Challenging Those "Personally Opposed but Politically for"

Father Michael Hull’s Address at Videoconference on «Church and State»

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NEW YORK, OCT. 29, 2004 ( Here is the text prepared by Father Michael Hull, a professor at St. Joseph’s Seminary of New York, for today’s theological videoconference organized by the Congregation for Clergy, on «Church and State.»

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The Politician and Faith
Professor Michael Hull

The application of Christian morality in public service is no different from the application of Christian morality in private life. There is no disparity between a Catholic’s moral obligations when he is in public service and when he is not. Unfortunately, a persistent and pervasive error — often disseminated by misinformed or mistaken Catholics and others, and not infrequently encapsulated in vacuous phraseology such as «personally opposed but politically for» — insists that one can publicly support and propagate evil while claiming to remain privately against such evil.

Today many politicians, who claim to be good Catholics, actively back policies that are contrary to the natural moral law and teaching of the Church, for example, the murder of unborn children in abortion and infanticide («partial-birth» abortion). Can a Catholic politician who advocates and promotes an intrinsic moral evil licitly receive holy Communion? The answer is, of course, «no.»

Why? Because Catholics are obliged to promote the common good. Currently, the best articulation of Catholic teaching on this point is proffered by the Most Reverend Raymond L. Burke (archbishop of St. Louis) in his Oct. 1, 2004, pastoral letter «On Our Civic Responsibility for the Common Good.»

Archbishop Burke notes that Catholics must vote in such wise as to eventually achieve the «total conformity of the civil law with the moral law,» to fulfill their responsibility to the common good as best they can. That obligation is not mitigated but intensified when a Catholic holds public office. It is sadly the case that some Catholic politicians believe they can uphold an unjust law, for example, the Roe v. Wade (1973) «right to choose,» and at the same time remain good Catholics and receive holy Communion.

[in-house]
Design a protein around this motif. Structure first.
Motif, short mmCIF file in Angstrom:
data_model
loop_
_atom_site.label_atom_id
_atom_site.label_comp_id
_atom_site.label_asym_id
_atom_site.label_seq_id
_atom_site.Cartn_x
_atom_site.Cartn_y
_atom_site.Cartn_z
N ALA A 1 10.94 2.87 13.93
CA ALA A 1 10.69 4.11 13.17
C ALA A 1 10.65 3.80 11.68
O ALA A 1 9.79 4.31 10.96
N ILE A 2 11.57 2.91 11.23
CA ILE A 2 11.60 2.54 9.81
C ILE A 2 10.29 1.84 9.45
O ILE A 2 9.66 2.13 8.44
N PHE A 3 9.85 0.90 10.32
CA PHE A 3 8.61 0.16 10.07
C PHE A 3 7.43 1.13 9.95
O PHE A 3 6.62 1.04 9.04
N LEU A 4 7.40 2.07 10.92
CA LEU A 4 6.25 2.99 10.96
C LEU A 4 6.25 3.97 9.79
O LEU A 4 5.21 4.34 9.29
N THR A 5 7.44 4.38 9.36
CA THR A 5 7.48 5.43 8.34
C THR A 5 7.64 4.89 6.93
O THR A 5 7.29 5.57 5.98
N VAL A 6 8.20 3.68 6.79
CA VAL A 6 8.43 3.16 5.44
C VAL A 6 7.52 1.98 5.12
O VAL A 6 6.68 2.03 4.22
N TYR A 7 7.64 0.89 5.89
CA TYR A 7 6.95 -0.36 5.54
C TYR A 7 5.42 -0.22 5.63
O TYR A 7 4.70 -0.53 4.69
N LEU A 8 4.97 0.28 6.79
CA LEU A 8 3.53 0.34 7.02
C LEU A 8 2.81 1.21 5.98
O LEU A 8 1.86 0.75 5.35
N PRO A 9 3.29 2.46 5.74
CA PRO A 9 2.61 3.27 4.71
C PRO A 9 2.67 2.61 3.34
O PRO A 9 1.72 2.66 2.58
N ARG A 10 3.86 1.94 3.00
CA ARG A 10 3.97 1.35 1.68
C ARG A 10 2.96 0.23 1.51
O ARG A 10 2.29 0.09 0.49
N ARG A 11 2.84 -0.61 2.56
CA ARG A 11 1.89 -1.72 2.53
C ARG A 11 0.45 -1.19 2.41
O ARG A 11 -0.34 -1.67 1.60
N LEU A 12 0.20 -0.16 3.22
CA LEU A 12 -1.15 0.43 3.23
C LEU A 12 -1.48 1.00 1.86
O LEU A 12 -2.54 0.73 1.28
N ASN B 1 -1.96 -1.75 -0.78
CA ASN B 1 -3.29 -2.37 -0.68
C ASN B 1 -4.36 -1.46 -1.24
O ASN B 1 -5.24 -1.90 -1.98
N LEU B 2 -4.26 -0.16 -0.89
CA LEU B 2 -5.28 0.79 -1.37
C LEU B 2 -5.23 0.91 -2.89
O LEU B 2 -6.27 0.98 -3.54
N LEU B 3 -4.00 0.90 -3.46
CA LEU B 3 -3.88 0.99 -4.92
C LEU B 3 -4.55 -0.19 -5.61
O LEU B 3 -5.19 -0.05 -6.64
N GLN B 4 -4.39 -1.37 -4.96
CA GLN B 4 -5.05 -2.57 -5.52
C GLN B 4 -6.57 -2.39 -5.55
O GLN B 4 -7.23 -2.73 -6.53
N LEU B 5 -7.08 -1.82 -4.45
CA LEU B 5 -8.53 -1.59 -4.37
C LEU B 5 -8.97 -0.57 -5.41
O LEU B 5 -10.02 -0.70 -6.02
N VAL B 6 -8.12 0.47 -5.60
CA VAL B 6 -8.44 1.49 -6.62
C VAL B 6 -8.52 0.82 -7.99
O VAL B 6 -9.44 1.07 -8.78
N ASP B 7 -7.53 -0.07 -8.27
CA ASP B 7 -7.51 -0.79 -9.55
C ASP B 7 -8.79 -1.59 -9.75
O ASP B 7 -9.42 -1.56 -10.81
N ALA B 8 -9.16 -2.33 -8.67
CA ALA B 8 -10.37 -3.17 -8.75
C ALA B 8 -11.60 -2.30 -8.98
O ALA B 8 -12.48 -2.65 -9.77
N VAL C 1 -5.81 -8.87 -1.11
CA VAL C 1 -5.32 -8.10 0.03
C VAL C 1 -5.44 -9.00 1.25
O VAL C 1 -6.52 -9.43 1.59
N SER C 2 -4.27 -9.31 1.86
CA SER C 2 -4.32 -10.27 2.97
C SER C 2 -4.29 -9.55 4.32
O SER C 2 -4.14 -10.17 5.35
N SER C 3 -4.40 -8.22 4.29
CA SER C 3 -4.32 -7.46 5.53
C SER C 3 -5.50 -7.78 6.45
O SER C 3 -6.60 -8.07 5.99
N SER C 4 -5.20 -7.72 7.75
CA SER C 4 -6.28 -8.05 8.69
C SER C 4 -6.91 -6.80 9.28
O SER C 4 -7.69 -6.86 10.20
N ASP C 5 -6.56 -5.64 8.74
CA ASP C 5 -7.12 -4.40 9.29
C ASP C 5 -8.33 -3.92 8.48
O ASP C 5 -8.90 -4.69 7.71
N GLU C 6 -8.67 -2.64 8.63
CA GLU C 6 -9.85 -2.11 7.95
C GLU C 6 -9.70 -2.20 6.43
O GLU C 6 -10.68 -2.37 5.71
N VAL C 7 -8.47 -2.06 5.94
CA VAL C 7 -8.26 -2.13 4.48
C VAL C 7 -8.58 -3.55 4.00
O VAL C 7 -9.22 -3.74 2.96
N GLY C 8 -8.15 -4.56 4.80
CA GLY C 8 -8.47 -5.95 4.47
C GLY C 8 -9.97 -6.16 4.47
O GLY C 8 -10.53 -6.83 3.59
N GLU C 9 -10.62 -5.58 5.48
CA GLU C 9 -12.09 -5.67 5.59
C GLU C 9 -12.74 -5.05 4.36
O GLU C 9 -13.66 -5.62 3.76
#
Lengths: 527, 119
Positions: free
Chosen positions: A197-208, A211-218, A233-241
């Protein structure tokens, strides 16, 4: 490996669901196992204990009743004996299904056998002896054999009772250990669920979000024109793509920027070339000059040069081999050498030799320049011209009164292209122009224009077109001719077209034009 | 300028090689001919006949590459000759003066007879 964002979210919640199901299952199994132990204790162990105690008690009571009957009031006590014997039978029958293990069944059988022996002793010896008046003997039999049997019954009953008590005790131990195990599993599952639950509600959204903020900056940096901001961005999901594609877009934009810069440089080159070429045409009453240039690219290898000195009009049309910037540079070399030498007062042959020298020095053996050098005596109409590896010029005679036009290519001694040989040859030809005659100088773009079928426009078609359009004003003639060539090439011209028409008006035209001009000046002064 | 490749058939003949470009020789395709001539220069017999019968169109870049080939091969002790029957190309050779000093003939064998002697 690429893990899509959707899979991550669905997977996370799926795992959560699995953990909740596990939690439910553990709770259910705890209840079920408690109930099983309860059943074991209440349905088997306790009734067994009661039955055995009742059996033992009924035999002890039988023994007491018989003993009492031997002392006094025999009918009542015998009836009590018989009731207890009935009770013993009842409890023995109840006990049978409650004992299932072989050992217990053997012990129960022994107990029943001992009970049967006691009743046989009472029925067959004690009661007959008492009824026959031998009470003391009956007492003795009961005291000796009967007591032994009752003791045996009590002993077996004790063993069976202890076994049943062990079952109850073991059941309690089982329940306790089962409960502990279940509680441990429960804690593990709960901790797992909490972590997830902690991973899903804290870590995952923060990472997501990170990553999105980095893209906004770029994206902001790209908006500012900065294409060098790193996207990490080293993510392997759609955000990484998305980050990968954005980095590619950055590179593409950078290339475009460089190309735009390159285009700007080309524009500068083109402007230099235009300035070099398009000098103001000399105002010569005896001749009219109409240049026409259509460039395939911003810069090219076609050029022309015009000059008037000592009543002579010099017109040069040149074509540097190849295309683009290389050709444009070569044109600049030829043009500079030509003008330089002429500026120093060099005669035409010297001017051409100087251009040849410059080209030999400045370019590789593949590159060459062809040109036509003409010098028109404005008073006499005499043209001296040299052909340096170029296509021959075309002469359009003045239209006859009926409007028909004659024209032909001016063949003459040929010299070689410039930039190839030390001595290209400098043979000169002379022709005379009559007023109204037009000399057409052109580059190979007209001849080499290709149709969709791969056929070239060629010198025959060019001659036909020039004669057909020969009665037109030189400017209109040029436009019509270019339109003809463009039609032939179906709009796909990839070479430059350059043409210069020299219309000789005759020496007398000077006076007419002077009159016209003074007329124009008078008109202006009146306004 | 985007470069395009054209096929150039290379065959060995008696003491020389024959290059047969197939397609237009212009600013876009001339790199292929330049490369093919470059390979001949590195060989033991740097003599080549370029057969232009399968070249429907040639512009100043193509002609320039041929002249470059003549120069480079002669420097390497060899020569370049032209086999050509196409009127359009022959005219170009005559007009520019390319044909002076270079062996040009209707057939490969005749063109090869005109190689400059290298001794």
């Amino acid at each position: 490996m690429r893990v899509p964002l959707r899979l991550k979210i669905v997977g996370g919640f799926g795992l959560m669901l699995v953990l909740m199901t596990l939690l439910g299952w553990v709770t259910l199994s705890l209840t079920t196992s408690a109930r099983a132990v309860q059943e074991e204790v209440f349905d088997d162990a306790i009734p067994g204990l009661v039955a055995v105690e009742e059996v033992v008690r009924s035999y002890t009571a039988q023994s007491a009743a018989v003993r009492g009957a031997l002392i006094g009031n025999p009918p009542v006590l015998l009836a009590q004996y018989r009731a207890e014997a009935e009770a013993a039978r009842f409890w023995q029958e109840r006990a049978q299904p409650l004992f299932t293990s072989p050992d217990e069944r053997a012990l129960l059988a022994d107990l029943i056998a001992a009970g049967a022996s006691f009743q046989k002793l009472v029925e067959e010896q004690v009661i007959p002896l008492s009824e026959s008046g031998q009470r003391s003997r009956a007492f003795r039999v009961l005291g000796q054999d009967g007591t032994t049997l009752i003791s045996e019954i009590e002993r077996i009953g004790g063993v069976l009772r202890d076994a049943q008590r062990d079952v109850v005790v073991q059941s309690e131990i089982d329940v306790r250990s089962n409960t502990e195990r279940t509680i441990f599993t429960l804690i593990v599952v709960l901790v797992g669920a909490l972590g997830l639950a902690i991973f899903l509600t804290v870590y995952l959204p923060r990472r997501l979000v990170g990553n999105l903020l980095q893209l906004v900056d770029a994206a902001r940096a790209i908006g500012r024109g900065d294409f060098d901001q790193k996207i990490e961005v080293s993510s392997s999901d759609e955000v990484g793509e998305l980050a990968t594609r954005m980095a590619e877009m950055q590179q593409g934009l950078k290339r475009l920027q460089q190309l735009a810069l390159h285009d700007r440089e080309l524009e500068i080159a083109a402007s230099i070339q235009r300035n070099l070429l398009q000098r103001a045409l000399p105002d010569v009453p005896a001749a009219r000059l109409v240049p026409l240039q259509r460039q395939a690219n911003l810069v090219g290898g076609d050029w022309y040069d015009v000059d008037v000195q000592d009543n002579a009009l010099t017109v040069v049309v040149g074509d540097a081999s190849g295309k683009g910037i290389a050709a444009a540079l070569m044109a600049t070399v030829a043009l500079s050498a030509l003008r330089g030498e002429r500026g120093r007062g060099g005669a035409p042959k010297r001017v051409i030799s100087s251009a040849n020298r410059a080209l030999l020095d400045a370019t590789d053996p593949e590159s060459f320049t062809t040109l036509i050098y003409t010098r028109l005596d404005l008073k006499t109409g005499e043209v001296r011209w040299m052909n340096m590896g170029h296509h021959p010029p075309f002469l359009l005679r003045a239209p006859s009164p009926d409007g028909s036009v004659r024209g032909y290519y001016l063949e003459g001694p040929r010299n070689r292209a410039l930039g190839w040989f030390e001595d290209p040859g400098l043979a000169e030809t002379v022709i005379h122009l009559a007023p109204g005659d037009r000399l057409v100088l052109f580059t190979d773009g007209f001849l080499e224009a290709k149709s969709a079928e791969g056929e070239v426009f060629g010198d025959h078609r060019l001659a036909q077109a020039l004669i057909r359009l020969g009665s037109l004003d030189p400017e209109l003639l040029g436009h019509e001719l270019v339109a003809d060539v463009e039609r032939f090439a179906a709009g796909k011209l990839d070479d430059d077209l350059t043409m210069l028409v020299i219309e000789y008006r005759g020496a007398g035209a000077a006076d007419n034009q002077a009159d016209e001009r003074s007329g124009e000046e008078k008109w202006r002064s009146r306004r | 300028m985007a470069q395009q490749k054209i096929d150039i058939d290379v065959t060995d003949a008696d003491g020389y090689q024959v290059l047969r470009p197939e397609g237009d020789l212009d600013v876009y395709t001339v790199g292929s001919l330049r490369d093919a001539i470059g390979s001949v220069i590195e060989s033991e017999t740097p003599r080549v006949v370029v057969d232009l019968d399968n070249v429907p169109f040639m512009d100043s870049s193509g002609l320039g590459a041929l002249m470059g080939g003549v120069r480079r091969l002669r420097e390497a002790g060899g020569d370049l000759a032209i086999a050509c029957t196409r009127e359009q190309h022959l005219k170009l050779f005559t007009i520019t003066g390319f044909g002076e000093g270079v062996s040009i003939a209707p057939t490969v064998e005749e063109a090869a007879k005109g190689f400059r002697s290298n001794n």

During a conference at the National Press Club (Washington, D.C.; Sept. 16, 2004) entitled «Public Witness/Public Scandal: Faith, Politics, and Life Issues in the Catholic Church,» sponsored by the Ave Maria School of Law (Ann Arbor, Michigan), the Reverend John J. Coughlin, OFM, a professor of law at Notre Dame University, articulated clearly and cogently the Code of Canon Law in regard to the illicit reception of holy Communion by a pro-abortion Catholic, who is not to be admitted to holy Communion because he continues to «persist in manifest grave sin» (Canon 915).

At the same conference, Dr. Robert P. George, a professor of law at Princeton University, explained the inanity of those who claim that the Church does not have the right — never mind the duty, in season and out of season — to bar those who «persist in manifest grave sin» from holy Communion. In the United States of America, where the issue is especially salient during this presidential election year, the United States Conference of Catholic Bishops discussed it at their June 2004 meeting in Denver (Colorado). The USCCB stated clearly that «decisions [about the denial of holy Communion to some Catholics in political life] rest with the individual [diocesan] bishop.»

Fortunately, some diocesan bishops have been courageous in publicly forbidding pro-abortion Catholic politicians from approaching the altar rail. Their courageousness not only highlights the folly of «personally opposed but politically for» but also strengthens the body of believers.

We, like St. Paul, need to remind ourselves that «God did not give us a spirit of timidity but a spirit of power and love and self-control» with which we are to guard the truth that has been entrusted to us by the Holy Spirit (2 Timothy 1:7,14).

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